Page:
As an Alabama native, I couldn’t help but notice that steer wrestler Kyle Irwin also hails from the “Yellowhammer State.”
So, I kept my eye on him during the first couple of rounds and was thrilled to see him split the Round 2 win with none other than four-time World Champion Luke Branquinho. Irwin, one of 27 Wrangler National Finals Rodeo first-time qualifiers this year, picked up a check for $17,010 after stopping the clock in 3.6 seconds to tie Branquinho for the go-round and has moved from 10th to sixth in the world standings after also earning a check in Round 1.
The first Wrangler NFR qualifier from Alabama since Cole Bigbee in 2006, Irwin was euphoric in the press room after sharing the round win with Branquinho.
“To be 3.6 and win my second round at the NFR, it’s great,” said Irwin, who won the Justin Boots Playoffs in Puyallup, Wash., to solidify his first Wrangler NFR berth. “When we were getting ready in the parking lot, it was what I envisioned in my head.”
If he could have picked anyone to split his first round win with, Irwin would have chosen Branquinho.
“Luke is a winner, a great competitor and a phenomenal steer wrestler,” said Irwin, just the fourth Alabama native to ever qualify for the Wrangler NFR. “He’s also a great guy who’s very humble and who will go out of his way to speak to you. When we were getting ready to take the victory lap, he said, ‘You go first champ,’ and ‘Congratulations to you.’
“It means a lot and is pretty neat, because that guy is arguably one of the best ever.”
Irwin didn’t want the victory lap to end.
“That was the coolest thing I think I’ve ever done,” he said. “When I was in college, we were here watching the ’06 NFR every night watching those guys take that victory lap, and I always wondered what it’d be like. I think it happened too fast, and I wish I could have taken more laps.”
The Robertsdale cowboy spent Thanksgiving running steers with Branquinho and a handful of other bulldoggers in California, and that practice has paid off in a big way so far.
“The steers we’re running here were going to be there (in California), and Luke offers all the top 15 guys the chance to come out and run them,” said Irwin, who has $81,650 in season earnings. “I felt like that was an advantage, and the steer I had tonight I knew was good in advance. I tried to just get a good start and make no mistakes.”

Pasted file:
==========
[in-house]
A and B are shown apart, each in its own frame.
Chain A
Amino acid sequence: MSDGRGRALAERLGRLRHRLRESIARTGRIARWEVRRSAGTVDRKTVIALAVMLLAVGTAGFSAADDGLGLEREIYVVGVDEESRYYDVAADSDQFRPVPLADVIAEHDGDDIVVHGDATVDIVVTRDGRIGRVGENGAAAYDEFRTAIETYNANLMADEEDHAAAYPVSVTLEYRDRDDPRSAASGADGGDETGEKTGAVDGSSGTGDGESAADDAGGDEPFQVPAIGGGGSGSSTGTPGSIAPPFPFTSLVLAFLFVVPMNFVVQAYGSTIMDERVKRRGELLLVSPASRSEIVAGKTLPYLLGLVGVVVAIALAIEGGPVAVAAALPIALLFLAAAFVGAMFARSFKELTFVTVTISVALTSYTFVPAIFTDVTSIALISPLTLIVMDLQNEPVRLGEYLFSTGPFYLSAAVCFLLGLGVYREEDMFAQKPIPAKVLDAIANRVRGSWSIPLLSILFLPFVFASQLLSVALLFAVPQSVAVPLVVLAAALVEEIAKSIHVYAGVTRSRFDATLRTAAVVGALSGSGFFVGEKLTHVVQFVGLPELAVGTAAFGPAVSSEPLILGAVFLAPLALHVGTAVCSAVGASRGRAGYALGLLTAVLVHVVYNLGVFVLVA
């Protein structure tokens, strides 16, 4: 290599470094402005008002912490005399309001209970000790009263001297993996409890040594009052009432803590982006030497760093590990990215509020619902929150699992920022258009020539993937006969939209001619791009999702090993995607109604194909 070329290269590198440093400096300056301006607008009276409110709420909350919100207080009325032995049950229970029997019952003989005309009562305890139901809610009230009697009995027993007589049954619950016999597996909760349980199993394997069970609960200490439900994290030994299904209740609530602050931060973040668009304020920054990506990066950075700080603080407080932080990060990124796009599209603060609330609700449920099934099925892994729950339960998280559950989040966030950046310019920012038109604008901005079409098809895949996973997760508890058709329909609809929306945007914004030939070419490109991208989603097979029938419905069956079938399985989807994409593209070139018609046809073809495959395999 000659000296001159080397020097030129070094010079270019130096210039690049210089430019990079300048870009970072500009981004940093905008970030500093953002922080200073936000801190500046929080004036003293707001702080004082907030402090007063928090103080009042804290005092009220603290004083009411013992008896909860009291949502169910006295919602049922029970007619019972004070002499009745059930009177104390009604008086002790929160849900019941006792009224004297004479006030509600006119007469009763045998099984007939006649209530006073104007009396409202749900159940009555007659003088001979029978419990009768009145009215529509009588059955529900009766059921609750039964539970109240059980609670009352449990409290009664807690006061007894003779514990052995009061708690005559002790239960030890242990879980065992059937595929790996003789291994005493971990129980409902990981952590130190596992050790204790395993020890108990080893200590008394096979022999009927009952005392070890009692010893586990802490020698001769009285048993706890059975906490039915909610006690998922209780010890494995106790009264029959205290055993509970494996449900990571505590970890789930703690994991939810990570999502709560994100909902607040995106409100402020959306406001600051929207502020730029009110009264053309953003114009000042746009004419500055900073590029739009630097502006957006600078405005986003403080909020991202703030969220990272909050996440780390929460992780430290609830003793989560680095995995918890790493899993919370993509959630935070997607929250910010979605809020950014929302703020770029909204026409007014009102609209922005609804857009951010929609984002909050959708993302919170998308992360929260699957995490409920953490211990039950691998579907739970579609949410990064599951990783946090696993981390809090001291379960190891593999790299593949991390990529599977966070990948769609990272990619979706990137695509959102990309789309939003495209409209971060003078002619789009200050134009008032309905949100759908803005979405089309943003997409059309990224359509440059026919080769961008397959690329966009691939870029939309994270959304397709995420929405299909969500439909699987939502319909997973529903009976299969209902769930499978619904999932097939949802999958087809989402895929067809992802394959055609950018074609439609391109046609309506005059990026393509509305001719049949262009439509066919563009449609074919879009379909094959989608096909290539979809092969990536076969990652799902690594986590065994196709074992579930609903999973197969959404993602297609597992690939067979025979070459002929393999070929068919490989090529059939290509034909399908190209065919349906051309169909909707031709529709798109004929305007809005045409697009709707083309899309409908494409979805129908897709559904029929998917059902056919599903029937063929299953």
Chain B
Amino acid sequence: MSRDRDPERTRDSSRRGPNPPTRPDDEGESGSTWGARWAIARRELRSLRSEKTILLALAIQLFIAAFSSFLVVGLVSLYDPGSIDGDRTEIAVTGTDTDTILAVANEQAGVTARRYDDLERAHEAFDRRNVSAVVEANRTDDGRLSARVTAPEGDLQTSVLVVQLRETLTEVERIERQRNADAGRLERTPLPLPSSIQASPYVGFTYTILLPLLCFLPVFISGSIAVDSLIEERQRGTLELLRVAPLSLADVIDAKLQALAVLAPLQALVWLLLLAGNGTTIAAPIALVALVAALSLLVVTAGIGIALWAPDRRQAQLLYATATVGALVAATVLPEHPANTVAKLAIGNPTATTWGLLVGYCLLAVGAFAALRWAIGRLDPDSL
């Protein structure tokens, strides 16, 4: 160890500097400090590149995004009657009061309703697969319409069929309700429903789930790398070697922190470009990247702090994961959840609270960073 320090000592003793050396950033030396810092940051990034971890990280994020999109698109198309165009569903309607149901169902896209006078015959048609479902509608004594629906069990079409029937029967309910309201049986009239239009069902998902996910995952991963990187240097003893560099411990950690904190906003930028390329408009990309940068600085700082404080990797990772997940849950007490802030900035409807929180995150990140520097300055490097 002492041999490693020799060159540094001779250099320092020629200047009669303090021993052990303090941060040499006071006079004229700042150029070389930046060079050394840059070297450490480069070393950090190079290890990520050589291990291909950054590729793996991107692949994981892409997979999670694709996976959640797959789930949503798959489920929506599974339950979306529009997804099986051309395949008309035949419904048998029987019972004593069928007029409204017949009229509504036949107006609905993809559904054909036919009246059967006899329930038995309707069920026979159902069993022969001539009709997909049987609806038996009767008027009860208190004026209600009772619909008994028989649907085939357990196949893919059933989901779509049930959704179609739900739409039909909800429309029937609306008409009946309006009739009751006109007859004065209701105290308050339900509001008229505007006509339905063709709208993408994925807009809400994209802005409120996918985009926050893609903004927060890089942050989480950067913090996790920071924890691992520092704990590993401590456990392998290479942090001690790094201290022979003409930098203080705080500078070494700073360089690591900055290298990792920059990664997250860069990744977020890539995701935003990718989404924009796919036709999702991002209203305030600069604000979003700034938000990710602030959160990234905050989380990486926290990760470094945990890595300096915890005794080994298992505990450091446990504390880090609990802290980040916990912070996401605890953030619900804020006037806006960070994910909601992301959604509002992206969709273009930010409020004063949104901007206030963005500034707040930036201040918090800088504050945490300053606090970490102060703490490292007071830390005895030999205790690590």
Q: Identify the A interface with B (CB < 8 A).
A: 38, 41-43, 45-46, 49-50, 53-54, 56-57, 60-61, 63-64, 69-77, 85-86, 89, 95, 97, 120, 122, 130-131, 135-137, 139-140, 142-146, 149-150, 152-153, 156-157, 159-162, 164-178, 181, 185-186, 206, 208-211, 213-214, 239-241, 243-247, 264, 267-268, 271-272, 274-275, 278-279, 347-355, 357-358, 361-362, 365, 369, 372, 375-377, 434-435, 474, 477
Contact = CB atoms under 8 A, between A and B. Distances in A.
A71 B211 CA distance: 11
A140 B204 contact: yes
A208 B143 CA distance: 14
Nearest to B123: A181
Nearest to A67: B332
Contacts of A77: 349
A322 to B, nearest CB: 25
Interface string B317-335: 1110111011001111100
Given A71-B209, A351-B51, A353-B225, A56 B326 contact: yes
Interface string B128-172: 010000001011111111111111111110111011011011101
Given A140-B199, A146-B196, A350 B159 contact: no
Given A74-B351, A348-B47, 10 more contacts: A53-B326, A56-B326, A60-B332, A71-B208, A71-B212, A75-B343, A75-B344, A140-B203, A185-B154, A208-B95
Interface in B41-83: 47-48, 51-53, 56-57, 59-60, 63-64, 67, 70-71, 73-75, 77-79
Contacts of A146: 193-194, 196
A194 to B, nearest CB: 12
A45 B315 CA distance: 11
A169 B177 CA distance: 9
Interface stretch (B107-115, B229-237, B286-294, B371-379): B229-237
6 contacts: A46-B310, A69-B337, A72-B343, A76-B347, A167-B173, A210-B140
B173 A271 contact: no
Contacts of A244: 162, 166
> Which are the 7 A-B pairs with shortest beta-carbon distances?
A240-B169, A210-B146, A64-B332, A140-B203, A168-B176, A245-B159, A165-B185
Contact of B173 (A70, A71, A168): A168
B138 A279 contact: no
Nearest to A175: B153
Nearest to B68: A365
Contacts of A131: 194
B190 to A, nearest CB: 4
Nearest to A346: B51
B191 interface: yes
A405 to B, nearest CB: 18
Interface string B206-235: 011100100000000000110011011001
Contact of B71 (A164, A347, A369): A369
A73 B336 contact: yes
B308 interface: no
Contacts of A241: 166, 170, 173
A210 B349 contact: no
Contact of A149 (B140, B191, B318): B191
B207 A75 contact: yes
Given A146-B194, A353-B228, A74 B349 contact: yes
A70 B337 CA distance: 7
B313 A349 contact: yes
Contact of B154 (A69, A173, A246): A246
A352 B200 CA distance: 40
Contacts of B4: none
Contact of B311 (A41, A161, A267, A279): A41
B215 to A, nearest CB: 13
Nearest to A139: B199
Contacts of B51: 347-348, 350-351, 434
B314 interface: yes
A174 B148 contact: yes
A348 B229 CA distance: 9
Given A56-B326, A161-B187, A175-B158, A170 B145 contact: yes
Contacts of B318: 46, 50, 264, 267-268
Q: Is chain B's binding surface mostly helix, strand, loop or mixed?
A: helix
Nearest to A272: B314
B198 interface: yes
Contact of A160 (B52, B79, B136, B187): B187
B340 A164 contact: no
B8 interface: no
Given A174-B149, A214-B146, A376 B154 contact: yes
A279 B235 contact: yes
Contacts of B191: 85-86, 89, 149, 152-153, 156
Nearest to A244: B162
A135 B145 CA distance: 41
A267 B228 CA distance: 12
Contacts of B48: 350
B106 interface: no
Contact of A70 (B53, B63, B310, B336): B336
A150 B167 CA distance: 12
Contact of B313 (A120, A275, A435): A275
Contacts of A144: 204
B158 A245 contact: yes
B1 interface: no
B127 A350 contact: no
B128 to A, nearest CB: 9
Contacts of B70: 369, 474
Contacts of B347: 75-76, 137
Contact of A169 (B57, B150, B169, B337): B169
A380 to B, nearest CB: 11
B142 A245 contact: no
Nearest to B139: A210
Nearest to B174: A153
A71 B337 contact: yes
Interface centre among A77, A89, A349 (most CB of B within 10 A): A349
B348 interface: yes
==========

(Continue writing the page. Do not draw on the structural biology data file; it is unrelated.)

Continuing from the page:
Irwin grew up in a family worked cattle and “cowboyed,” went on to win two Alabama High School Rodeo Association titles and has worked hard in recent years to improve in every aspect of the event. He finished 25th in the world standings in 2012, a near-miss that motivated him to work even harder.
The combination of increased confidence and horsepower has been huge for the 6-1, 205-pounder.
“In 2012, I missed the Finals by $7,000, and that opened my eyes,” Irwin said. “I thought I had a chance and could make a living at it. In 2013, I had no luck, was broke and was going to go back to work.
“But I won the RAM National Circuit Finals, and it’s just snowballed from there.”
Irwin is riding a horse named Sketch that belongs to one of this traveling partners, Tyler Pearson, who is hazing for him in Las Vegas.
“The first rodeo I went to this year was Austin, Texas, and I went with Tyler Pearson,” Irwin said. “I rode his same horse there, so I’m comfortable now. I don’t have any doubts, and being comfortable here in this atmosphere means everything.”
Branquinho, who has a steer wrestling record 23 career Wrangler NFR round victories, said he’s going to let Irwin take the buckle at the buckle presentation at the South Point Hotel, Casino & Spa tonight and just wait for Montana Silversmiths to make him an identical one after the Finals. That’s a pretty great gesture from the well-liked veteran.
“That guy deserves to wear one around if he wants to wear it around,” Branquinho said. “He’s been out to the house practicing with us and honing his skills, and he’s doing good.”
I found Irwin to be an engaging, intelligent and fun-loving guy who clearly looks up to the future Hall of Famer Branquinho. Branquinho – one of my favorite contestants in any event – had some great things to say about the 24-year-old Irwin.
“Kyle Irwin is as tough as they come, and one thing I like about him is he has no fear,” Branquinho said. “He’s an aggressive bulldogger who snatches their head away and finishes strong, and he has great footwork. He’s going to be someone to be reckoned with the next few years.”
I held one last question for Irwin until the end to really see if I should pull for him to keep winning.
“Auburn or Alabama?” I asked.
“Oh, War Eagle!” Irwin responded.
War Eagle, Kyle. War Eagle, indeed!